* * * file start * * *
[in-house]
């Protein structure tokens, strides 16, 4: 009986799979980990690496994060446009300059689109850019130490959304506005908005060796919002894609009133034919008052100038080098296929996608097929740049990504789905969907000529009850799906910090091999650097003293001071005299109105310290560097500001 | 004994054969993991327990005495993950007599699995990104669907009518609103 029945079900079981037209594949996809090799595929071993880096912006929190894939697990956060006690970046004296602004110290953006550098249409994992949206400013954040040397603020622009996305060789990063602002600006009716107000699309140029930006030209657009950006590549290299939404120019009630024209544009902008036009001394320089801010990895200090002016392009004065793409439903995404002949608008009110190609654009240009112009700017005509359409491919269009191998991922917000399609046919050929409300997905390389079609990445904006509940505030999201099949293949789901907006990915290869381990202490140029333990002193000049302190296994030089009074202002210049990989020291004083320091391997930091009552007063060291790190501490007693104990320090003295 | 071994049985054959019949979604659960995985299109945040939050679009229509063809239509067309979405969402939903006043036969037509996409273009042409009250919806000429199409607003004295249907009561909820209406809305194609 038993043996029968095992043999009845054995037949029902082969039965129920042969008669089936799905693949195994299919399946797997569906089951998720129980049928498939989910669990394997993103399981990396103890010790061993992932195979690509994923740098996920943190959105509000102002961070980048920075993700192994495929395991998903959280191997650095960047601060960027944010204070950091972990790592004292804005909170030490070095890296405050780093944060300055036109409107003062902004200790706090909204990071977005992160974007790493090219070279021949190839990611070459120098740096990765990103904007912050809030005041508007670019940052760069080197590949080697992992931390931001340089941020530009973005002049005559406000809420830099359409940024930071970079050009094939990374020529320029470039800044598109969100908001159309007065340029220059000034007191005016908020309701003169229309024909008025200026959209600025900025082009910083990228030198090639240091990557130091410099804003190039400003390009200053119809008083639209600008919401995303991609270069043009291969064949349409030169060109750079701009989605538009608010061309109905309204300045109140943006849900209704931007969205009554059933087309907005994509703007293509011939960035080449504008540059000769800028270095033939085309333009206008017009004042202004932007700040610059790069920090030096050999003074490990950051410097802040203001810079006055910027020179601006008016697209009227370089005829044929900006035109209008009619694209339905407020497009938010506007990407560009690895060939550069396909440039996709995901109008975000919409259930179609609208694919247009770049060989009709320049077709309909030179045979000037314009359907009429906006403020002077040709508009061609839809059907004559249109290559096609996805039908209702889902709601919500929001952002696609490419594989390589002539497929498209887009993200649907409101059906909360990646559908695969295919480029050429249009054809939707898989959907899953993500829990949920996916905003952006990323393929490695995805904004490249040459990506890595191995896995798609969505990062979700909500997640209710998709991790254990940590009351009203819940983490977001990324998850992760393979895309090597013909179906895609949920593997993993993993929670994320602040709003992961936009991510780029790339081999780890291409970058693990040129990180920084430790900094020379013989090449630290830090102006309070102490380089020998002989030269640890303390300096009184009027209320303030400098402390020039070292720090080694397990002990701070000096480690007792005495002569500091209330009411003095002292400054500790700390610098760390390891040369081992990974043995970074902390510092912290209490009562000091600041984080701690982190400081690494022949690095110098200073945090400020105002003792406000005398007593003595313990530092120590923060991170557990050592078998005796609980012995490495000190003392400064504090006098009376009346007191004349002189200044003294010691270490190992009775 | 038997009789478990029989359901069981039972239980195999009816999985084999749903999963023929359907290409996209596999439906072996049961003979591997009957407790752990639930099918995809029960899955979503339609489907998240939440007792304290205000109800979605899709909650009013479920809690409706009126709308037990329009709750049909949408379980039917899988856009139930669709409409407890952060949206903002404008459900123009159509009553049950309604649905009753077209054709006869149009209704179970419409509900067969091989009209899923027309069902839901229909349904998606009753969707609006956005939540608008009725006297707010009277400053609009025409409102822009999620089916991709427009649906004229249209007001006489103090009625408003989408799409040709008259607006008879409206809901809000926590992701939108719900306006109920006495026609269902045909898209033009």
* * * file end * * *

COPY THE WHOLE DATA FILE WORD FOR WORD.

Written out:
[in-house]
């Protein structure tokens, strides 16, 4: 009986799979980990690496994060446009300059689109850019130490959304506005908005060796919002894609009133034919008052100038080098296929996608097929740049990504789905969907000529009850799906910090091999650097003293001071005299109105310290560097500001 | 004994054969993991327990005495993950007599699995990104669907009518609103 029945079900079981037209594949996809090799595929071993880096912006929190894939697990956060006690970046004296602004110290953006550098249409994992949206400013954040040397603020622009996305060789990063602002600006009716107000699309140029930006030209657009950006590549290299939404120019009630024209544009902008036009001394320089801010990895200090002016392009004065793409439903995404002949608008009110190609654009240009112009700017005509359409491919269009191998991922917000399609046919050929409300997905390389079609990445904006509940505030999201099949293949789901907006990915290869381990202490140029333990002193000049302190296994030089009074202002210049990989020291004083320091391997930091009552007063060291790190501490007693104990320090003295 | 071994049985054959019949979604659960995985299109945040939050679009229509063809239509067309979405969402939903006043036969037509996409273009042409009250919806000429199409607003004295249907009561909820209406809305194609 038993043996029968095992043999009845054995037949029902082969039965129920042969008669089936799905693949195994299919399946797997569906089951998720129980049928498939989910669990394997993103399981990396103890010790061993992932195979690509994923740098996920943190959105509000102002961070980048920075993700192994495929395991998903959280191997650095960047601060960027944010204070950091972990790592004292804005909170030490070095890296405050780093944060300055036109409107003062902004200790706090909204990071977005992160974007790493090219070279021949190839990611070459120098740096990765990103904007912050809030005041508007670019940052760069080197590949080697992992931390931001340089941020530009973005002049005559406000809420830099359409940024930071970079050009094939990374020529320029470039800044598109969100908001159309007065340029220059000034007191005016908020309701003169229309024909008025200026959209600025900025082009910083990228030198090639240091990557130091410099804003190039400003390009200053119809008083639209600008919401995303991609270069043009291969064949349409030169060109750079701009989605538009608010061309109905309204300045109140943006849900209704931007969205009554059933087309907005994509703007293509011939960035080449504008540059000769800028270095033939085309333009206008017009004042202004932007700040610059790069920090030096050999003074490990950051410097802040203001810079006055910027020179601006008016697209009227370089005829044929900006035109209008009619694209339905407020497009938010506007990407560009690895060939550069396909440039996709995901109008975000919409259930179609609208694919247009770049060989009709320049077709309909030179045979000037314009359907009429906006403020002077040709508009061609839809059907004559249109290559096609996805039908209702889902709601919500929001952002696609490419594989390589002539497929498209887009993200649907409101059906909360990646559908695969295919480029050429249009054809939707898989959907899953993500829990949920996916905003952006990323393929490695995805904004490249040459990506890595191995896995798609969505990062979700909500997640209710998709991790254990940590009351009203819940983490977001990324998850992760393979895309090597013909179906895609949920593997993993993993929670994320602040709003992961936009991510780029790339081999780890291409970058693990040129990180920084430790900094020379013989090449630290830090102006309070102490380089020998002989030269640890303390300096009184009027209320303030400098402390020039070292720090080694397990002990701070000096480690007792005495002569500091209330009411003095002292400054500790700390610098760390390891040369081992990974043995970074902390510092912290209490009562000091600041984080701690982190400081690494022949690095110098200073945090400020105002003792406000005398007593003595313990530092120590923060991170557990050592078998005796609980012995490495000190003392400064504090006098009376009346007191004349002189200044003294010691270490190992009775 | 038997009789478990029989359901069981039972239980195999009816999985084999749903999963023929359907290409996209596999439906072996049961003979591997009957407790752990639930099918995809029960899955979503339609489907998240939440007792304290205000109800979605899709909650009013479920809690409706009126709308037990329009709750049909949408379980039917899988856009139930669709409409407890952060949206903002404008459900123009159509009553049950309604649905009753077209054709006869149009209704179970419409509900067969091989009209899923027309069902839901229909349904998606009753969707609006956005939540608008009725006297707010009277400053609009025409409102822009999620089916991709427009649906004229249209007001006489103090009625408003989408799409040709008259607006008879409206809901809000926590992701939108719900306006109920006495026609269902045909898209033009």